If only they could get the prophets to shut up. Like a burr in their sandals, the prophets always seemed to be around. They would point out that the covenant was conditional, “I will be your God if you keep my commandments.” They would point out the ways that the people had broken that covenant. The prophets saw how folks cheated each other in the marketplace and cried out that they were not supposed to steal. The prophets saw the corruption of the community’s life and reminded folks that they should have no other gods but God. Nathan even had the gall to call out King David, himself, for a small helping of adultery and a little murder. The prophets had the nerve to tell the people the truth that they would rather not hear. The people and those in power would never really forgive the prophets for speaking the truth that way.

Worst of all, perhaps, was Jeremiah. Things were tough already. No one was feeling that good about themselves. No one was making the big bucks. Everyone was worried about the Babylonians. What did Jeremiah do? He set up clay pots and smashed them and then said, “That’s pretty much what’s going to happen to us.” He paraded around town with an ox yoke on his shoulders and said, basically, “Time to get ready to be a slave again!” Everyone did everything they could to get the man to show a little human decency and shut up. When he refused, they threw him into a pit. He barely was out of the pit when the unimaginable took place…

The nation fell. The people were carried away into captivity. As that nation fell and as the people became slaves once again, their only conclusion was that God had failed them: “How could God let this happen? Had God forgotten just how special we are?” Without any real sense still of their own responsibility for this catastrophe, the people just fell into despair.

It was in that moment when someone remembered Jeremiah again. What they remembered was something he had done and something that he had said. What he had done—in the very midst of everything collapsing—was…he bought land. It seemed stupid to most folks at the time: who buys land when the whole nation is being seized. Yet, now, what it looked like, instead, was an act of hope. People only buy land when they expect there to be a future in which they will have a chance to enjoy that land. Jeremiah had been right about all the destruction. What if he was right about there being hope for a future, too?

All of this led the people to remember Jeremiah’s haunting words. At one point, when almost no one was listening, when almost everyone was trying to shout him down and shut him up, that crazy prophet had said that there would be a new covenant. This one wouldn’t be written on stone. This covenant would be written on people’s hearts. This covenant wouldn’t require any lawyers to explain it. No priests would be needed for folks to know God. Instead, things were going to be simple. God was going to be loving and forgiving and merciful—no matter what. What if Jeremiah was right, not just about their being hope, but there being a chance for a whole new relationship with God, too?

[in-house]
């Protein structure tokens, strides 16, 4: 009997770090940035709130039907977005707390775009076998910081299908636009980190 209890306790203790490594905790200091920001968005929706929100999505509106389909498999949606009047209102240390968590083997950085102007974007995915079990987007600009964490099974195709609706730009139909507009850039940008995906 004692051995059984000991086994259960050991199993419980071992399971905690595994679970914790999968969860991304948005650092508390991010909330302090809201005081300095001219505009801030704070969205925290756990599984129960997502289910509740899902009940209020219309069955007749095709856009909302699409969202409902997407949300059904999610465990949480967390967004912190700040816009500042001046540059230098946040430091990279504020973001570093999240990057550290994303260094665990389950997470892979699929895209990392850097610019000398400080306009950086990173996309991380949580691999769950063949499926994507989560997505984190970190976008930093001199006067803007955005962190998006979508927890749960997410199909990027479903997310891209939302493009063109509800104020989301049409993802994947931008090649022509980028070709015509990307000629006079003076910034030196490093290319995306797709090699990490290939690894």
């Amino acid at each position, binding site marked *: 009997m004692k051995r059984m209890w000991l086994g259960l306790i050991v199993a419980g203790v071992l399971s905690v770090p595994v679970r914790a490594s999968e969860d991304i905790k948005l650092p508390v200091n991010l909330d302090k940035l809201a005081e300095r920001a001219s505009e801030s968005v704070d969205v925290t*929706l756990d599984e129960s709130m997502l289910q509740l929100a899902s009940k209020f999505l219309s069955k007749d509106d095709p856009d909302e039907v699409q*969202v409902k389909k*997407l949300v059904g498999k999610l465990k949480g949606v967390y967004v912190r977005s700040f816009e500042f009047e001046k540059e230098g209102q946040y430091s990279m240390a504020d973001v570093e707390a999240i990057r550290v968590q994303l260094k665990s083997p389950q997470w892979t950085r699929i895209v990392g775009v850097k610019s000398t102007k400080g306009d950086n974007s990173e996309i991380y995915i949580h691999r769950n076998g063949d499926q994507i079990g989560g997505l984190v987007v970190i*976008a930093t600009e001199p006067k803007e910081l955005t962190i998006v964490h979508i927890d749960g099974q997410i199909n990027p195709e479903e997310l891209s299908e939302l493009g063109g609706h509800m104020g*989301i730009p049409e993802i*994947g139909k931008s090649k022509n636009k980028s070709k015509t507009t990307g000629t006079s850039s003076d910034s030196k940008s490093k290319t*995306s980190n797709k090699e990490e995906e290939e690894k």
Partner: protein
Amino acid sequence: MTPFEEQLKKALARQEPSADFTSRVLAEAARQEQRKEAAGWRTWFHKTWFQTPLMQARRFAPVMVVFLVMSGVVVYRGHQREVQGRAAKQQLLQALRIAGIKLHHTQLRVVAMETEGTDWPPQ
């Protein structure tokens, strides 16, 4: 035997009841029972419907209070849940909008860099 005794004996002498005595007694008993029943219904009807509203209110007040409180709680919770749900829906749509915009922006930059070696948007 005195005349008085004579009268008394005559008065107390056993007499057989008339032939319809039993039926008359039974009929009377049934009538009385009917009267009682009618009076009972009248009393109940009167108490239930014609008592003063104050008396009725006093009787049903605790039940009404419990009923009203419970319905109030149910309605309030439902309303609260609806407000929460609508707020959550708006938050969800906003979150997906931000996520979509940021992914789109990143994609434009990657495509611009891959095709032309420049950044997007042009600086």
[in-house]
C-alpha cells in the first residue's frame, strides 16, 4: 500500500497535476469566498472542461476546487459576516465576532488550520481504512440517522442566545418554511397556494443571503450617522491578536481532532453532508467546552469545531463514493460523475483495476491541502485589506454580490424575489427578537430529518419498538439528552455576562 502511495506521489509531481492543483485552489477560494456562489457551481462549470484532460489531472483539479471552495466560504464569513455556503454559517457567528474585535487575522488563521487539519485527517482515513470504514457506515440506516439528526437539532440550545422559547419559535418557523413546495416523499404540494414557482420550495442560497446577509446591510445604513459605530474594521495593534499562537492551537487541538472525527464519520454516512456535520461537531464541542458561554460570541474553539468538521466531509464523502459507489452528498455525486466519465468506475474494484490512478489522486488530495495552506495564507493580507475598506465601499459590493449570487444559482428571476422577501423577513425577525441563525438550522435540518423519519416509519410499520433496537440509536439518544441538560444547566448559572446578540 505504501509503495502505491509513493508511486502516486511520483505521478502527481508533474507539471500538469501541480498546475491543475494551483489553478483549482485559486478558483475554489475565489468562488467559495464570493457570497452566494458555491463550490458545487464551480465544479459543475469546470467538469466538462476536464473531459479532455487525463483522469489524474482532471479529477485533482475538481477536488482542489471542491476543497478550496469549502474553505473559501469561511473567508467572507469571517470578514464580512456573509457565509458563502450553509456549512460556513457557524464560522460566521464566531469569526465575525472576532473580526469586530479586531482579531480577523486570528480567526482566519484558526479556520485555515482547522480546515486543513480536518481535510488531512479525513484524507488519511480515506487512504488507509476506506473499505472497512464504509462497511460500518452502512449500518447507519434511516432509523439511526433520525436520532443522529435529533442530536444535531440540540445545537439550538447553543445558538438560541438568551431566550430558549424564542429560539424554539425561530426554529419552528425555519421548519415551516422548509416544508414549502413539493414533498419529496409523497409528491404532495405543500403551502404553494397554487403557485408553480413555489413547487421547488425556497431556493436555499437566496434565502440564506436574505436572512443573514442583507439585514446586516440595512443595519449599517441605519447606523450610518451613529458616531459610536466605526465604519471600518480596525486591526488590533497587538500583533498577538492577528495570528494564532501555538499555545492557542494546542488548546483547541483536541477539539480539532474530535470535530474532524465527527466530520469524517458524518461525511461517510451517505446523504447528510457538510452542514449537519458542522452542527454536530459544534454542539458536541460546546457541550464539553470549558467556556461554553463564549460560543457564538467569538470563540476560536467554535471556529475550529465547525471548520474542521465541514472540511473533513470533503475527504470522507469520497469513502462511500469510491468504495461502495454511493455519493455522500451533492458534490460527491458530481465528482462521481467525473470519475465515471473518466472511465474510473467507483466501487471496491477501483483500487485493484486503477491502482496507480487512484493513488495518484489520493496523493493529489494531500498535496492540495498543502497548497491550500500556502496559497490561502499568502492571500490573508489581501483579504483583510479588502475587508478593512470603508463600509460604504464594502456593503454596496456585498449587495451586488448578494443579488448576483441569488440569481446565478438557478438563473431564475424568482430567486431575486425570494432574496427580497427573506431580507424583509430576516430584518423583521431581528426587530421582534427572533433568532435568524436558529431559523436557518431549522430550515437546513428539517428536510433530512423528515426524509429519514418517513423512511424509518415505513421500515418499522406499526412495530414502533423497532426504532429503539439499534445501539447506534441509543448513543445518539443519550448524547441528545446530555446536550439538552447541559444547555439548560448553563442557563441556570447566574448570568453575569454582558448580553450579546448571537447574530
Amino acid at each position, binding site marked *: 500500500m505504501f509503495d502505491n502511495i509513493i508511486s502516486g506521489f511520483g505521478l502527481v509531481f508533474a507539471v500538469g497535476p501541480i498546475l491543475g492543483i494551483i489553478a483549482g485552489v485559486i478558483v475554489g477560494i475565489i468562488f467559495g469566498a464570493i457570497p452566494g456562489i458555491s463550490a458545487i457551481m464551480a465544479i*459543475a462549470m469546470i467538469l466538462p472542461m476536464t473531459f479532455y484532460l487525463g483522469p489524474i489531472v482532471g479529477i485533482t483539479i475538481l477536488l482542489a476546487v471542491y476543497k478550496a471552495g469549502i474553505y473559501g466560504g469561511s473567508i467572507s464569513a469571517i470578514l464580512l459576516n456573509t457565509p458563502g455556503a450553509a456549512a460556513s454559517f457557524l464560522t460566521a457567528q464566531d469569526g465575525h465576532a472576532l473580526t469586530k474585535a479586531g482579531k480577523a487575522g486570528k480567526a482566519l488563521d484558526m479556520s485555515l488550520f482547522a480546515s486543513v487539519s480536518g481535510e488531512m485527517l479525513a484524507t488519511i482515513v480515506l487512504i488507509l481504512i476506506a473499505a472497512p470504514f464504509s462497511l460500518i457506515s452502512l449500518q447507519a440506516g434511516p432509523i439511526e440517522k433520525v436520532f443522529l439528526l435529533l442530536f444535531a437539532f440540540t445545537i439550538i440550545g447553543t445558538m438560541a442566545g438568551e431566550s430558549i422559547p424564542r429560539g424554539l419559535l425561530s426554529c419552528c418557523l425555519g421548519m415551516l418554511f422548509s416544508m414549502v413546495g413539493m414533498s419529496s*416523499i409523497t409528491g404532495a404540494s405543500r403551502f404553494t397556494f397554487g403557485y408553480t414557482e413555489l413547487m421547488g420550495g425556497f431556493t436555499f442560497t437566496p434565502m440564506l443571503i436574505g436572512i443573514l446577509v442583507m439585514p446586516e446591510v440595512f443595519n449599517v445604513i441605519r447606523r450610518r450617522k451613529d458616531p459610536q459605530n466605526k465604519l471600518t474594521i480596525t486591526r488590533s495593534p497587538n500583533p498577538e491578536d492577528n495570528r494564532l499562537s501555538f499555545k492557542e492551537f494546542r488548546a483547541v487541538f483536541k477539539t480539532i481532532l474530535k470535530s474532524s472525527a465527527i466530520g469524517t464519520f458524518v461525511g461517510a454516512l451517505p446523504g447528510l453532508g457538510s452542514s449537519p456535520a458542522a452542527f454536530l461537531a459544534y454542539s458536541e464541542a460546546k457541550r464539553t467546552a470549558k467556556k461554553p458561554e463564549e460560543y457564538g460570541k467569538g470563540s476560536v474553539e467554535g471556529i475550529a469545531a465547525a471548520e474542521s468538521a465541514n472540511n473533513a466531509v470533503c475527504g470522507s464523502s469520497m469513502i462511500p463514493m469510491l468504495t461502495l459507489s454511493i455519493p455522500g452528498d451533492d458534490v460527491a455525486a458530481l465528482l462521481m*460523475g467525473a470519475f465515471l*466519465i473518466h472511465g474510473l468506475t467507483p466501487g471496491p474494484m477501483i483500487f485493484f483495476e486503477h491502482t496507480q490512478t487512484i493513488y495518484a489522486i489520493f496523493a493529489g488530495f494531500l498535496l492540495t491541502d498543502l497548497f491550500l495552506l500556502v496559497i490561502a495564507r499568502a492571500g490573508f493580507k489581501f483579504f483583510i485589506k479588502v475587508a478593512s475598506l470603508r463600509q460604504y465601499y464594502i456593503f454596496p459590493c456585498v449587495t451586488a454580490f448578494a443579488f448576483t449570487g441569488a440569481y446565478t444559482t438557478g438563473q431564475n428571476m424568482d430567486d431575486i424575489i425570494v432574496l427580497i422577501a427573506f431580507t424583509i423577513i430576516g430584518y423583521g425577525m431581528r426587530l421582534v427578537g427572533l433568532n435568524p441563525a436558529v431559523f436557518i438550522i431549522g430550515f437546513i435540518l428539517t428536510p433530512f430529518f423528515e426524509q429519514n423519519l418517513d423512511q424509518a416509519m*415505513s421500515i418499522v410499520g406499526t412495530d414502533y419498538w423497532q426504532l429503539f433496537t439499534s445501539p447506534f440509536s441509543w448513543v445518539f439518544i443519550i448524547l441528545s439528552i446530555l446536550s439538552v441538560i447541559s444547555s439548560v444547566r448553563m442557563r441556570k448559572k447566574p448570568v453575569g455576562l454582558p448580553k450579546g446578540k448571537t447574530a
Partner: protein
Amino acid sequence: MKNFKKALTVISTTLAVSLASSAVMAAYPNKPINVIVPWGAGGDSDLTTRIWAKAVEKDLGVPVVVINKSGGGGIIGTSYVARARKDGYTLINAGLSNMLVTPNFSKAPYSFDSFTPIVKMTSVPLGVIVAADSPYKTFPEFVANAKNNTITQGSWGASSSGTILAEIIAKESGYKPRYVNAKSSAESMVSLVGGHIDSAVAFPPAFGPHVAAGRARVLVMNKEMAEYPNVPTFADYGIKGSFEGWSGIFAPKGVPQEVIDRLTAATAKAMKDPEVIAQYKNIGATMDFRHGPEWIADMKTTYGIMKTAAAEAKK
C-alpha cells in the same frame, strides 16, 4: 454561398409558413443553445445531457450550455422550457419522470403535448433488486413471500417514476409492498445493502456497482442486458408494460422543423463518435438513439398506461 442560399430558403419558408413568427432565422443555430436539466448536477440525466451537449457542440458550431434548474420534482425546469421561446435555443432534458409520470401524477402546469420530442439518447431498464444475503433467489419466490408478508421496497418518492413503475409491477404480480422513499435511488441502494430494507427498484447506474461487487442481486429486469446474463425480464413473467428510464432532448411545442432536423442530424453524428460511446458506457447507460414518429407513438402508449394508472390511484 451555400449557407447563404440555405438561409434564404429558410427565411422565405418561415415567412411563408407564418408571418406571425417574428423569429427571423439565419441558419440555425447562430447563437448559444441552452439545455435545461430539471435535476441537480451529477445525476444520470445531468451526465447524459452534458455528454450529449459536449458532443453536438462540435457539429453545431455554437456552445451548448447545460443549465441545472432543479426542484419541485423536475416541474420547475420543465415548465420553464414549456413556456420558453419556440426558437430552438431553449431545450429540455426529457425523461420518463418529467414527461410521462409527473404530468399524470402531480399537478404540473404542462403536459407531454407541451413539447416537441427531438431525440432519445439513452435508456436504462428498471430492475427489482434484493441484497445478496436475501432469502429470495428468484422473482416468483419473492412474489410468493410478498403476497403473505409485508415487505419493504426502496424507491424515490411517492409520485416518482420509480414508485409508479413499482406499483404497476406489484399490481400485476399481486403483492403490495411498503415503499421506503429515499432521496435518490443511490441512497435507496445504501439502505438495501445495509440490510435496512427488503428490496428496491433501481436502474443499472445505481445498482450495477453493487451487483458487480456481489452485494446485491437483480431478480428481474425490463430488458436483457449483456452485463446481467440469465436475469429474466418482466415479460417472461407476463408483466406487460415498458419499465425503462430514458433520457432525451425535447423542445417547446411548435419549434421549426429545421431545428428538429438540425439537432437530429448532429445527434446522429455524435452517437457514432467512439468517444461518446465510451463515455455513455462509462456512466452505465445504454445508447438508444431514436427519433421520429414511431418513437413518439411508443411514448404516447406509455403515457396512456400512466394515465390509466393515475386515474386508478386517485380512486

Time passed. (Time always passes.) The world was pretty dark. (There is always plenty of darkness, after all.) Yet, even when our ancestors felt like strangers in a strange land, when they couldn’t make sense of what had happened and when they could barely hold onto hope, the people caught glimpses of God’s presence along the way—in a moment when forgiveness came to life, in an act of compassion, in the awe of the night sky or the aching beauty of the setting sun, in the words and actions of some prophet of old. Nothing was quite right. Nothing was the way that it should be. Still…they held onto one another and did their very best to hold onto hope. They did what it took to survive.

The Promised Land—life the way we want it to be—never lasts. Sooner or later, we make the choices that undermine it or others make the choices that unleash destruction or enough time passes that things just change. Someone dies. A job is lost. A tragedy comes our way. It’s unimaginable. It’s unthinkable. And yet, it is irrevocable. We look up in the rear view mirror and we see the Promised Land receding from our view.

With time and with the hard work of grieving what’s been lost, what we come to see is that the Promised Land may be gone but the promised relationship isn’t. When the darkness comes, the stars begin to shine. We become aware of the simplest sources of light again: the kindness of a stranger; the comfort of ancient words; the incredible importance of our fellow survivors and of the simplest pleasures. Once again, we remember what matters and what doesn’t matter. Once again, we realize that what matters most is not stopping change from happening but staying connected through the change that comes, connected to each other and to God.

In Exile, in captivity, our ancestors learned to wait and to hope, to wonder what it was that God would one day do, to open themselves to the God who could be present, even when they were strangers in a strange land.

Then, one day, in the quietest of ways, the unimaginable happened again—something unimaginably wonderful— a star appeared over a stable in Bethlehem.